Dear Blog Reader
So, I am getting married in less than 4 months. This was never my dream as a little girl. I never pictured myself in a wedding dress, slowly marching down the isle...
Instead, the picture I that fitted me best was that of Julia Roberts, galloping away from groom number 2 on her horse...
But since I met that perfect man (although I dont let him know that's what I think...), it seems easier too think of that big day without struggling to breath and after almost 4 years, it seems as though nothing makes more sense than walking down the isle to meet the man I love...
I thought I would share some interesting and fun facts about weddings:
For ancient Greeks and Romans, the bouquet was a pungent mix of garlic and herbs or grains. The garlic was supposed to ward off evil spirits and the herbs or grains were to insure a fruitful union. In ancient Poland, it was believed that sprinkling sugar on the bride's bouquet kept her temper sweet.
(I’m sure if Jaco knows this; my bouquet might go missing the night before…)
Traditionally, brides did not wear white wedding gowns. Through the 18th century, most brides just wore their Sunday best to their wedding. Red was a favorite during the Middle Ages in Europe. Other colors were worn for symbolic reasons: blue meant constancy and green meant youth. As years passed, white was worn as a symbol of purity. Today, white merely symbolizes the wedding and is worn by any bride, no matter if it is their second marriage.
(I think I like traditional (as we know it) with a tad eccentricity as to reflect my personality that some of my blog readers might know by now…)
The first weddings comprised of a groom taking his bride by capture. He would take her somewhere hidden away so her relatives and villagers couldn't find them. There they stayed for one moon phase and drank mead, a wine make from honey, to make them more amorous. Thus, the word "honeymoon" was born. Today, the honeymoon is the time when the couple can get away for a while.
(I do like the idea of relatives not being able to find us)
The first kiss a bride and groom share at the close of the ceremony has carried special significance through the centuries. Many cultures believed that the couple exchanged spirits with their breath and part of their souls were exchanged as well.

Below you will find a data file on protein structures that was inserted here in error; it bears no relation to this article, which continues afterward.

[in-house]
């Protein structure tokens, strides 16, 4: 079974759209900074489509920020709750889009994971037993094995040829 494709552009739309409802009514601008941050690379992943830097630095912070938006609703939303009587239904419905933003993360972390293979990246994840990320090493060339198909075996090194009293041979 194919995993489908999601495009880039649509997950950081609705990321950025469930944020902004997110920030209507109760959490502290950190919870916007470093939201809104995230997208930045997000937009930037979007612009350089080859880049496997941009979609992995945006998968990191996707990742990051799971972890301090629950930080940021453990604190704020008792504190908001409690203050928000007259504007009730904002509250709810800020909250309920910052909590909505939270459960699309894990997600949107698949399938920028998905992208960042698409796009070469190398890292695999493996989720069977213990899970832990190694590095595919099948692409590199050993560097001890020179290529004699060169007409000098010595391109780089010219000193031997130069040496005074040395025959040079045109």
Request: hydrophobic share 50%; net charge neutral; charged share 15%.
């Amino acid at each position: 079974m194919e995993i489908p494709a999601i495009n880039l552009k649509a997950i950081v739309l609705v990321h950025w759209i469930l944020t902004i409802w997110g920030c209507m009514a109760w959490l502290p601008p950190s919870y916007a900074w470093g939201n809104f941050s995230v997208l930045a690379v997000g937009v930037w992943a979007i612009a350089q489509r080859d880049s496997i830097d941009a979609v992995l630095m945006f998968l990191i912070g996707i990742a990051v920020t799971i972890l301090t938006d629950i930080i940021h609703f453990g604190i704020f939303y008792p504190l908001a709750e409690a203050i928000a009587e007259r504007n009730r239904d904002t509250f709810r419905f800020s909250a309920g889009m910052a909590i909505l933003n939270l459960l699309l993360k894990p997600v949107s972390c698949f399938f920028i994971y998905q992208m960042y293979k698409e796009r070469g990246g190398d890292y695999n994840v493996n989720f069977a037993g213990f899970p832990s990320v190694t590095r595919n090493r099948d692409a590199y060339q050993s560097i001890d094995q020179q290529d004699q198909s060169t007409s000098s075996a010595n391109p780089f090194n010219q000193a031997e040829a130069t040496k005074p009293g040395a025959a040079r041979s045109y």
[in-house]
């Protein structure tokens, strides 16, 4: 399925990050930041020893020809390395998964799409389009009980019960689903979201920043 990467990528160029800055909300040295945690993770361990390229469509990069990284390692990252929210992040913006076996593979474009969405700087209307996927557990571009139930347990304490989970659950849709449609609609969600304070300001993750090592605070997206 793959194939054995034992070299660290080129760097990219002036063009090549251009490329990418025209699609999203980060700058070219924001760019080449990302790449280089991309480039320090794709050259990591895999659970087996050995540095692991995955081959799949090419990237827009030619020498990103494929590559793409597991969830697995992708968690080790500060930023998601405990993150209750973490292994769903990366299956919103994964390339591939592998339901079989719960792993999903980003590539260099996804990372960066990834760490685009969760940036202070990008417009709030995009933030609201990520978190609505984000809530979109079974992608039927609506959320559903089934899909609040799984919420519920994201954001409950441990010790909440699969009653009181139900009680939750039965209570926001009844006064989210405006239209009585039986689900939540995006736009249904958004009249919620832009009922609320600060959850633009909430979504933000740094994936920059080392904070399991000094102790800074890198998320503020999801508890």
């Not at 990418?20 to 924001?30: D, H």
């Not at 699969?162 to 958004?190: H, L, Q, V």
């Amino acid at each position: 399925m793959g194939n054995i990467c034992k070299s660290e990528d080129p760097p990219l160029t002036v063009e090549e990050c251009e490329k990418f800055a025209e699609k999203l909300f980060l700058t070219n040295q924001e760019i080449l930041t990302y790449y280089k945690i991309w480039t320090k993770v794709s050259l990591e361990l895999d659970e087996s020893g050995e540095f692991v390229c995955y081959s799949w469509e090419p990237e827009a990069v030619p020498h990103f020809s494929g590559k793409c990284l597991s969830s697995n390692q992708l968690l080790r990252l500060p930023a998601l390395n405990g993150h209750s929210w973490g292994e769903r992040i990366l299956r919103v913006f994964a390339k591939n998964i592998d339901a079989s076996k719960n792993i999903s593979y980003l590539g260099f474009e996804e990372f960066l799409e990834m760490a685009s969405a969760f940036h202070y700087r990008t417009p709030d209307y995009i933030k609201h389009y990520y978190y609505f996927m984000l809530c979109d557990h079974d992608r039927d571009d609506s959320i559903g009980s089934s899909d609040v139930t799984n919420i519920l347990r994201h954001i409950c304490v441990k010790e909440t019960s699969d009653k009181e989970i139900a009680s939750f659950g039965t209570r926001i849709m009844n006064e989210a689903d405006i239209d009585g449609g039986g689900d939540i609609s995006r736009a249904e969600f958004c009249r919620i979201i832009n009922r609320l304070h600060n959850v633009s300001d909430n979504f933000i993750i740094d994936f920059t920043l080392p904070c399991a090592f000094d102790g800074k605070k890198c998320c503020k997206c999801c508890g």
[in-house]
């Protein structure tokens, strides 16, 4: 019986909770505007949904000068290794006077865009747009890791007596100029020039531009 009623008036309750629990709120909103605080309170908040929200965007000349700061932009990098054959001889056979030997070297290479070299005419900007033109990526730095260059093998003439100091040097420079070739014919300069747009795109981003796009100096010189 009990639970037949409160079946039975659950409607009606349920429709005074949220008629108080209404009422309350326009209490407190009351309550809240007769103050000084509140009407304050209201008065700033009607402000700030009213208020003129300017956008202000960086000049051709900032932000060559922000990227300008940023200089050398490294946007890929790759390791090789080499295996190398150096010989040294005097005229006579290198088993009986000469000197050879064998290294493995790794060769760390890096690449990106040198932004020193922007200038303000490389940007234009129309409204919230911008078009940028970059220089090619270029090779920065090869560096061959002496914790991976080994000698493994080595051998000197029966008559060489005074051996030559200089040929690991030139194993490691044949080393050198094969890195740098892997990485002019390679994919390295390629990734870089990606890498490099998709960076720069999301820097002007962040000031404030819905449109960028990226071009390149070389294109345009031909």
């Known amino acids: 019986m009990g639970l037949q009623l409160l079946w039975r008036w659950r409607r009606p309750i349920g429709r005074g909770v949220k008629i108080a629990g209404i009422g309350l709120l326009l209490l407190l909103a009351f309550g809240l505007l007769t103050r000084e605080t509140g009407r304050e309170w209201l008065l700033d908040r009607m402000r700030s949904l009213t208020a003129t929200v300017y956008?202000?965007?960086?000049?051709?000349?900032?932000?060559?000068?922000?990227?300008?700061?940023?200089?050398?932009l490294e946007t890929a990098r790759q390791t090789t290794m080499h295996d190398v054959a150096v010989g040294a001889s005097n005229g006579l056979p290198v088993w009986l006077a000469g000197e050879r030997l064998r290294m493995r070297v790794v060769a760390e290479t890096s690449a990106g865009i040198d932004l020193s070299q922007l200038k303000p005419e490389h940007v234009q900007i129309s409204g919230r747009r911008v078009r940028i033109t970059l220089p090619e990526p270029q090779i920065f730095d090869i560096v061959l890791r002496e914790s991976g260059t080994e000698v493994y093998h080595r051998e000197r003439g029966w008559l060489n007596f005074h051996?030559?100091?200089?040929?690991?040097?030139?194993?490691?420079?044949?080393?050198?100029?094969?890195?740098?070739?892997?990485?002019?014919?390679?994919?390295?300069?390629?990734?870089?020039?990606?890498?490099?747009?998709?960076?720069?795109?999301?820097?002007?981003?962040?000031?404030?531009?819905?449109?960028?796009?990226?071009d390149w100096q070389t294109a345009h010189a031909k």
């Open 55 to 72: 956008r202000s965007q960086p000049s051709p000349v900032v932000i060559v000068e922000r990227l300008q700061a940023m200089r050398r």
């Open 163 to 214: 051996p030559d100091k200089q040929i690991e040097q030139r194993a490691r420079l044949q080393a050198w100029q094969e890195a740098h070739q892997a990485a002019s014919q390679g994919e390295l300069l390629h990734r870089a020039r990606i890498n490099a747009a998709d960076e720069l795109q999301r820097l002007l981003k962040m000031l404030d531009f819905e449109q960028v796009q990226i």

(Nothing beats a first kiss if I may quote Lucy Whitmore from 50 First Dates)
The wedding ring has traditionally been worn on the fourth finger of the left hand because it was believed that a vein in this finger ran directly to the heart. The fourth finger of the left hand has become the customary wedding-ring finger for all English-speaking cultures.
(Have I mentioned that my engagement ring is the most beautiful ring ever – picture included)
Mystique and romance has surrounded the veil for more than one thousand years. Originally, the veil is thought to have been used to hide the bride from abductors, just as the similar dress of her bridesmaids was meant to do. But a more romantic interpretation evolved later which believed that concealment (as the bride's face beneath a veil) rendered what was hidden more valuable. Another early interpretation of the veil was that it symbolized youth and virginity.
(I didn’t want to wear a veil, but my mommy insists…I will obey her this one last time...:)
* that if the younger of two sisters marries first, the older sister must dance barefoot at the wedding or risk never finding a husband
(Glad I’m getting married before my little sister and glad she doesn’t have to dance barefoot)
* single women will dream of their future husbands if they sleep with a slice of the groom's cake under their pillows
(hmmmm, all the single ladies, I say rather eat the cake and be happy…)
The English believe a spider found in a wedding dress means good luck. Yikes!
(No thank you!!!)
Rain on your wedding day is actually considered good luck, according to Hindu tradition.
(I really hope so, as I hear Dullstroom [picture included] can experience 4 seasons in one day)
For good luck, Egyptian women pinch the bride on her wedding day…
(If you pinch me, I will slap you…)
On her wedding day, Grace Kelly wore a dress with a bodice made from beautiful 125-year-old lace.
(Don’t think it is more than a 100 years old, but I am using Chantilly lace and it’s beautiful…)
The phrase "Often a bridesmaid, but never a bride," actually originates from an advertisement for Listerine mouthwash from 1924.
(As two of my bridesmaids are married and the maid-of-honour is still in school, I do not think this particular phrase is applicable to them…)
The "something blue" in a bridal ensemble symbolizes purity, fidelity, and love…
(I’ve got something blue and something new, but still need to work on the something old and something borrowed part…any ideas?)
In many cultures around the world -- including Celtic, Hindu and Egyptian weddings - the hands of a bride and groom are literally tied together to demonstrate the couple's commitment to each other and their new bond as a married couple (giving us th e popular phrase "tying the knot").
5 November is coming closer…Yay!
Even though I never dreamed of this day when I was a little girl, I do dream about it now.
And even though sometimes I think it is quite silly to spend so much money and dress up and have everybody look at you for this one day, I do hope my day will be perfect and just as I imagine it in my (recent) dreams…
From The Bride To Be